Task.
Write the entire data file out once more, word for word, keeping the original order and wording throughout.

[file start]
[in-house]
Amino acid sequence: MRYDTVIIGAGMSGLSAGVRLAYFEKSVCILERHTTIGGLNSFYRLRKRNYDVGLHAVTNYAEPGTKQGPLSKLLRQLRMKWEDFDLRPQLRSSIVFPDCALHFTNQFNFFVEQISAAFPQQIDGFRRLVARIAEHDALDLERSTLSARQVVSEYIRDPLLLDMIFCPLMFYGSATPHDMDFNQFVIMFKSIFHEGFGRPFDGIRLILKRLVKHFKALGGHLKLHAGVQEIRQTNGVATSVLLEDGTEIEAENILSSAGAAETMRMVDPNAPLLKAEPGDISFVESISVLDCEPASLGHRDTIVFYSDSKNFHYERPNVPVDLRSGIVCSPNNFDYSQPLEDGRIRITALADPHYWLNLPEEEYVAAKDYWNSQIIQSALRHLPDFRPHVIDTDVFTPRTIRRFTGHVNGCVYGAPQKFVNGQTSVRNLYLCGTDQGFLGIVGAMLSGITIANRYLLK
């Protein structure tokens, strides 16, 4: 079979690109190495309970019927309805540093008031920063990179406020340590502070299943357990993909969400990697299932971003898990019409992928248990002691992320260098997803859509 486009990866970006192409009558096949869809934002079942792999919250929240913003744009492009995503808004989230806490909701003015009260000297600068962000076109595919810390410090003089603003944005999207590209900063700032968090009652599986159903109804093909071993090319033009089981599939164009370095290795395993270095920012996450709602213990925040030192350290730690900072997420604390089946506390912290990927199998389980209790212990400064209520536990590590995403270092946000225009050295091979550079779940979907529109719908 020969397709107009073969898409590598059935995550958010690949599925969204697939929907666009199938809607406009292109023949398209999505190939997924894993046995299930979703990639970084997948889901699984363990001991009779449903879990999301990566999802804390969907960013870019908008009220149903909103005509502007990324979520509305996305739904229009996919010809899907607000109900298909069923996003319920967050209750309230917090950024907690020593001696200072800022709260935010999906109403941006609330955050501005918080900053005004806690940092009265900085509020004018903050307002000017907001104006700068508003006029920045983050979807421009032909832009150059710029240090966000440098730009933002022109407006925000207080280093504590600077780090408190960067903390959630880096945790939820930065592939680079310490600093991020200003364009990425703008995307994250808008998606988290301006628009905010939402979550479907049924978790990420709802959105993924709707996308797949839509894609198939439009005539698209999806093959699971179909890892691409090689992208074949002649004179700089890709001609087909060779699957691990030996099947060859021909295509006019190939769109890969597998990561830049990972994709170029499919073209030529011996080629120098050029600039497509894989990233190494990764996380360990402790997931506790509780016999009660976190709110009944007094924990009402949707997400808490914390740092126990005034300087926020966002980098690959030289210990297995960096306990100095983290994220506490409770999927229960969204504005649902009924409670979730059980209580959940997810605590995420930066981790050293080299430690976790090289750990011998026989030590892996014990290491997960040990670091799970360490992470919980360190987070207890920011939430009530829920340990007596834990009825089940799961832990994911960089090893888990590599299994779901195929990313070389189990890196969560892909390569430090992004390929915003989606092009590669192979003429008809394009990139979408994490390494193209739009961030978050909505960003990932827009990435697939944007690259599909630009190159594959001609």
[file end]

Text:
[in-house]
Amino acid sequence: MRYDTVIIGAGMSGLSAGVRLAYFEKSVCILERHTTIGGLNSFYRLRKRNYDVGLHAVTNYAEPGTKQGPLSKLLRQLRMKWEDFDLRPQLRSSIVFPDCALHFTNQFNFFVEQISAAFPQQIDGFRRLVARIAEHDALDLERSTLSARQVVSEYIRDPLLLDMIFCPLMFYGSATPHDMDFNQFVIMFKSIFHEGFGRPFDGIRLILKRLVKHFKALGGHLKLHAGVQEIRQTNGVATSVLLEDGTEIEAENILSSAGAAETMRMVDPNAPLLKAEPGDISFVESISVLDCEPASLGHRDTIVFYSDSKNFHYERPNVPVDLRSGIVCSPNNFDYSQPLEDGRIRITALADPHYWLNLPEEEYVAAKDYWNSQIIQSALRHLPDFRPHVIDTDVFTPRTIRRFTGHVNGCVYGAPQKFVNGQTSVRNLYLCGTDQGFLGIVGAMLSGITIANRYLLK
């Protein structure tokens, strides 16, 4: 079979690109190495309970019927309805540093008031920063990179406020340590502070299943357990993909969400990697299932971003898990019409992928248990002691992320260098997803859509 486009990866970006192409009558096949869809934002079942792999919250929240913003744009492009995503808004989230806490909701003015009260000297600068962000076109595919810390410090003089603003944005999207590209900063700032968090009652599986159903109804093909071993090319033009089981599939164009370095290795395993270095920012996450709602213990925040030192350290730690900072997420604390089946506390912290990927199998389980209790212990400064209520536990590590995403270092946000225009050295091979550079779940979907529109719908 020969397709107009073969898409590598059935995550958010690949599925969204697939929907666009199938809607406009292109023949398209999505190939997924894993046995299930979703990639970084997948889901699984363990001991009779449903879990999301990566999802804390969907960013870019908008009220149903909103005509502007990324979520509305996305739904229009996919010809899907607000109900298909069923996003319920967050209750309230917090950024907690020593001696200072800022709260935010999906109403941006609330955050501005918080900053005004806690940092009265900085509020004018903050307002000017907001104006700068508003006029920045983050979807421009032909832009150059710029240090966000440098730009933002022109407006925000207080280093504590600077780090408190960067903390959630880096945790939820930065592939680079310490600093991020200003364009990425703008995307994250808008998606988290301006628009905010939402979550479907049924978790990420709802959105993924709707996308797949839509894609198939439009005539698209999806093959699971179909890892691409090689992208074949002649004179700089890709001609087909060779699957691990030996099947060859021909295509006019190939769109890969597998990561830049990972994709170029499919073209030529011996080629120098050029600039497509894989990233190494990764996380360990402790997931506790509780016999009660976190709110009944007094924990009402949707997400808490914390740092126990005034300087926020966002980098690959030289210990297995960096306990100095983290994220506490409770999927229960969204504005649902009924409670979730059980209580959940997810605590995420930066981790050293080299430690976790090289750990011998026989030590892996014990290491997960040990670091799970360490992470919980360190987070207890920011939430009530829920340990007596834990009825089940799961832990994911960089090893888990590599299994779901195929990313070389189990890196969560892909390569430090992004390929915003989606092009590669192979003429008809394009990139979408994490390494193209739009961030978050909505960003990932827009990435697939944007690259599909630009190159594959001609």